Solo: A Star Wars Story (2018) is far and away the most ‘A New Hope-like’ film in the series yet. In terms of tone, sure, but particularly costume.
What costume designers Glyn Dillon and David Crossman have so expertly achieved with Solo is making a contemporary looking movie set during the late 1960s. Star Wars: A New Hope was released in 1977 which puts Solo’s timeline around a decade before, or likely just over. But hang on, isn’t this a science fiction movie? What does when it’s made have to do with the space opera world being brought to life on screen? Well the seventies in particular was one of the most eclectic and anachronistic costume decades of all time, especially for period, sci-fi and fantasy. There were wide lapels, flared trousers and hostess dresses seen in anything from Edwardian Britain to 23rd century cosmos. Fashion influence bled into costume and while it might not have always ensured the most historically accurate results, they were often downright glorious. A New Hope, flawlessly costumed by John Mollo it should be noted, was not overly affected in this regard…though in truth it was a bit. Thankfully Dillon and Crossman have recognised this facet and kept it alive for Solo. And, yes, there are even some flares on display.
A Superfly vibe runs through the costumes in Solo. Not comical, just canonical. To lay this undercurrent entirely at the feet of Solo’s central black character, Lando Calrissian (Donald Glover), is inaccurate. Much has been made of his colourful capes, which in context symbolise the extravagant suits of the 1970s, yet he is a late addition. Lando rounds out the feeling but it is in place from the outset. One of the most noticeable seventies era pieces is a dress worn by Qi’ra (Emilia Clarke) as she is reunited with Han (Alden Ehrenreich) aboard Dryden Vos’ (Paul Bettany) yacht. It’s black, full length, backless, with a thigh-high split, subtle shoulder padding, gold and black belt, and attached gold detail neckline (incidentally the bodice appears to be wrap on screen but actually isn’t). Basically it is straight out of Studio 54, which is also exactly what Vos’ yacht party resembles. Any number of dresses could have been designed for this scene, but this is very specifically space disco. Conversely, bandit Val (Thandie Newton) sports a more action orientated, dare we say Blaxploitation ensemble of black leather jacket with white piping and detachable fur scarf, as seen during the Vandor-1 heist. Plus a prominent afro hairstyle. It is not a million miles from John Shaft’s matching black leather suit worn in Shaft’s Big Score (1972). The ladies of Solo do lead the way in terms of a retro look, but the gentlemen feature prominently too. Which eventually, and inevitably, does lead us to Lando.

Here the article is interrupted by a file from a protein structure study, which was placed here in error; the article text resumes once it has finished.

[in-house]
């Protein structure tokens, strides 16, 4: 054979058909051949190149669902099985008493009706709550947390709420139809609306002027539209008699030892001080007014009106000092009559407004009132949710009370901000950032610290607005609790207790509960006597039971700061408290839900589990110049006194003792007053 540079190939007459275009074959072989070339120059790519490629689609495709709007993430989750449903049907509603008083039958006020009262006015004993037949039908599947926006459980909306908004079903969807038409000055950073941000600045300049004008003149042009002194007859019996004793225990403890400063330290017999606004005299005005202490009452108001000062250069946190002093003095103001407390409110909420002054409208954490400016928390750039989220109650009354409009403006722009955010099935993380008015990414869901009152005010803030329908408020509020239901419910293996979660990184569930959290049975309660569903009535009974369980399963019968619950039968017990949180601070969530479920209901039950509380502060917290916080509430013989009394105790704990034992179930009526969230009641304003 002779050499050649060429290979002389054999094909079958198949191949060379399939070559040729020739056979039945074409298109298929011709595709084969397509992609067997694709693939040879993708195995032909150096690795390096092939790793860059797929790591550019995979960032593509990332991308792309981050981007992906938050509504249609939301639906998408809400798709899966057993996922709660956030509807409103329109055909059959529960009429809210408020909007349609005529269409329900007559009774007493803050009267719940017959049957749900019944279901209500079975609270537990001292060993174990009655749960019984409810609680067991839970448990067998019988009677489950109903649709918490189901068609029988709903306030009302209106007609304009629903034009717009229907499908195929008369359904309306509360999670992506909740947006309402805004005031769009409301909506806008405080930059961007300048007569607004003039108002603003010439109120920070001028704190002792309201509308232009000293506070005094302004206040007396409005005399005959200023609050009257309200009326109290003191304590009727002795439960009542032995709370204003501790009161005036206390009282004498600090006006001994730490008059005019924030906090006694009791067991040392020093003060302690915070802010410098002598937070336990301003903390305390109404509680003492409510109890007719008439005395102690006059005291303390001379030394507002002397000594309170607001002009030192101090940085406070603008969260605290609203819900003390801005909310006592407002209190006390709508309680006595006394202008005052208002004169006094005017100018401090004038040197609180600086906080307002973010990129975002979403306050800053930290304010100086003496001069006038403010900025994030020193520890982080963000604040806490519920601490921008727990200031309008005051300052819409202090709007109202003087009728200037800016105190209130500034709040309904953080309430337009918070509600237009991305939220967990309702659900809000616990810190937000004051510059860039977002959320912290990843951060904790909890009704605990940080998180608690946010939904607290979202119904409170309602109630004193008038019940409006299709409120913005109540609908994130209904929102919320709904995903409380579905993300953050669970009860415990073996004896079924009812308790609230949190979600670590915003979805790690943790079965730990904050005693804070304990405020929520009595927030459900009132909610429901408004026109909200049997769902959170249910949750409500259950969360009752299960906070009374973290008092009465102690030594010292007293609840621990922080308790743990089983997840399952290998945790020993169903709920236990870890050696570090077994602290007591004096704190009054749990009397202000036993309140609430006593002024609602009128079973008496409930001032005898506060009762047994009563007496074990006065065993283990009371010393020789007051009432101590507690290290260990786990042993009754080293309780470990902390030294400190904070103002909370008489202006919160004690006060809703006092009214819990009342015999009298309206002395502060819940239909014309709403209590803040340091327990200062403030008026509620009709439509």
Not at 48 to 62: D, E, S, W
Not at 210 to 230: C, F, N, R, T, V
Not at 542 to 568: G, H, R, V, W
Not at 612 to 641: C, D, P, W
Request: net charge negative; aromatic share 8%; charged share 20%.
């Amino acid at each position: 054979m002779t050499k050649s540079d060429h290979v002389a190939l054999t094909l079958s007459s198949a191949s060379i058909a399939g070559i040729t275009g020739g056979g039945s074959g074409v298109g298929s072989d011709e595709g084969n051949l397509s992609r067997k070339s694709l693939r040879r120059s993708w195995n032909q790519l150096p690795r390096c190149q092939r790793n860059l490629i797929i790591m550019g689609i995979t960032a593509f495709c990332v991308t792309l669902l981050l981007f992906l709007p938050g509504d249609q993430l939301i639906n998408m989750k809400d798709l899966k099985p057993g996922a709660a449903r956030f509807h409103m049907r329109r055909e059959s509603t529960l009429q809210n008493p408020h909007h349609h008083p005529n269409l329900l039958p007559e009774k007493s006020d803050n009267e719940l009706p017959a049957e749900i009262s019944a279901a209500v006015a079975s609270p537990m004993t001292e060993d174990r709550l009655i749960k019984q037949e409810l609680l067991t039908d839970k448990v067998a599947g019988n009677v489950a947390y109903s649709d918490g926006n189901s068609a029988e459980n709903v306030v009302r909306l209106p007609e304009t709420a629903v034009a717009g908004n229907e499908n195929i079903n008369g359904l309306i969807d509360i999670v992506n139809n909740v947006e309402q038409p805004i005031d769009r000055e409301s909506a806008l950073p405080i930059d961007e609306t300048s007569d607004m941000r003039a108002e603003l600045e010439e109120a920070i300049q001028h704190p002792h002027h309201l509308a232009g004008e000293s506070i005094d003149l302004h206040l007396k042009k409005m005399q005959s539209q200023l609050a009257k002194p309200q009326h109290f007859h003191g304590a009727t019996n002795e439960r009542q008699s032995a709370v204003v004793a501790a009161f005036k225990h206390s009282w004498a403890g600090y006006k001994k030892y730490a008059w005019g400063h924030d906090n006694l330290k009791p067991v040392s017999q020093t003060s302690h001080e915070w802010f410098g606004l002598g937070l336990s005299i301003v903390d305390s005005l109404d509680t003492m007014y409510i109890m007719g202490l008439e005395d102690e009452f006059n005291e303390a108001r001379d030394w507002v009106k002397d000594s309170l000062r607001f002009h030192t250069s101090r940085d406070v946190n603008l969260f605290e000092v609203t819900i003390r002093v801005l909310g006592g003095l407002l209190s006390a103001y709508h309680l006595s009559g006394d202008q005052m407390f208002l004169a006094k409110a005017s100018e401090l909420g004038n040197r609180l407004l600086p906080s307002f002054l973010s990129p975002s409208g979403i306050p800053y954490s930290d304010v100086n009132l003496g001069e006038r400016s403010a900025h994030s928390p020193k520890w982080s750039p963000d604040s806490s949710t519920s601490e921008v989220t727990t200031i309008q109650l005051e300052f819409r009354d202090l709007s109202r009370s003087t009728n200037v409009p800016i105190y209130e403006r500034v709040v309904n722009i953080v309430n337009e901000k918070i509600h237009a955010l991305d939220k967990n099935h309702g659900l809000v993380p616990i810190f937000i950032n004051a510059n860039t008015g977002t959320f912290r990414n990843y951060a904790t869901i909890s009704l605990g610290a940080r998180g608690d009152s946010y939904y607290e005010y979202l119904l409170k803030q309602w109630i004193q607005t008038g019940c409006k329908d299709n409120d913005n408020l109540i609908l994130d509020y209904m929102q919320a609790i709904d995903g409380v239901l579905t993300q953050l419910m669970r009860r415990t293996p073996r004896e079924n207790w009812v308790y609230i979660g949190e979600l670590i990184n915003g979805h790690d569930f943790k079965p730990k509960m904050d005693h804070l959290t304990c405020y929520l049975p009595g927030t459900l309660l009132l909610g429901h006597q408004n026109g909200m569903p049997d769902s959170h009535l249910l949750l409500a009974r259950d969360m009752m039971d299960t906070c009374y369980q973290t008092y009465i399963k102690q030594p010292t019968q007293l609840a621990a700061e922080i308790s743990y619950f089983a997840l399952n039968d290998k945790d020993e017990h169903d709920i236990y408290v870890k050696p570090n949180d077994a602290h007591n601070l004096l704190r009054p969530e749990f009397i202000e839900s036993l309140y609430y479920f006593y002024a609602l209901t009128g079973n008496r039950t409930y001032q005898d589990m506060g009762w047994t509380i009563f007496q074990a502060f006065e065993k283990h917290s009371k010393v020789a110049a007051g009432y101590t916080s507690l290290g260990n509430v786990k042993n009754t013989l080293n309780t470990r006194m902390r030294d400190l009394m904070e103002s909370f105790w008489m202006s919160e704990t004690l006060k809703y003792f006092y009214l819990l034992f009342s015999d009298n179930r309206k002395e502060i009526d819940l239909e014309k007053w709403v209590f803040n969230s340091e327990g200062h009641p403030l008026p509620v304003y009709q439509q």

Yet before we are even introduced to Lando there are hints of 1970s peppered about the boys’ outfits. Tobias’ (Woody Harrelson)’s huge lapel coat, the shaggy fur coat briefly seen on Han (Lando wears an even fancier one later), not to mention his floppy hair and sideburns. Away from the industrial grime of Corellia and muddy trenches of Mimban, everyone in the film seems to have a strut about them. These are costumes with function, though that does’t mean that’s all they are. Conspicuous display has long been one of the most fun elements of Star Wars costumes – Padme’s (Natalie Portman) fabulous finery in the prequels for example. However this was largely ceremonial garb; the clothes in Solo have more of a purchased-in-an-intergalactic-mall vibe. Lando, though, is something else entirely; a custom man shaped by an understanding that ‘dress to impress’ is always going to be thing in the galaxy.
Lando does wear a pair of flared trousers, glimpsed during the shoot-out on Kessel. They are more kick flare than bell-bottom, but the silhouette is unmistakable: natural waist, long slim leg, kicking out from knee through ankle. Lando is a sci-fi variant of the archetypal street-smart Blaxploitation hustler. Someone like a young Tommy Gibbs (Fred Williamson) in Black Caesar (1973) who adopted the strict sartorial codes of Prohibition gangsters in seventies New York to indicate his wealth and authority. It is not a stretch to imagine that Lando would have spent his first proper galactic credits on clothes. If they do decide to go down the standalone movie route for this character, Lando will probably have a mentor who teaches him the value of a polished appearance. Lando is a black man in the Star Wars universe. How much, if any, racism exists toward black people in space is never touched upon in the films, but if these stories are to echo the politics of our world then it is possible Lando would feel the need to stand out to be seen. Contrast this with the relatively subdued dressing of Dryden Vos. Apart from a very deep white collarless shirt that buttons to the left instead of the right – traditional in women’s clothing – Vos is not especially boisterous in his style. Is he white? He is played by a white actor, but that hardly answers much in this context. Vos is an out and out villain, however, whereas Lando is a scam-artist. Lando’s flashy capes mitigate his criminality with a conscious playfulness.
Solo is a period piece sci-fi, if such a concept can truly exist. Referencing a movie series made in the 1970s-80’s means that the costuming on display can revel in such allusions. Remember that Star Wars is set ‘a long time ago’. Qi-ra’s wide leg trousers seen during the last act of the film are reminiscent of Kirsten Dunst’s beach pyjamas in Roaring Twenties romp The Cats Meow (2001). Reaching into the past to costume what somehow always seems like the future makes perfect sense. As such Solo is the funkiest Star Wars movie yet.
Solo: A Star Wars Story is currently on general release.
© 2018, Lord Christopher Laverty.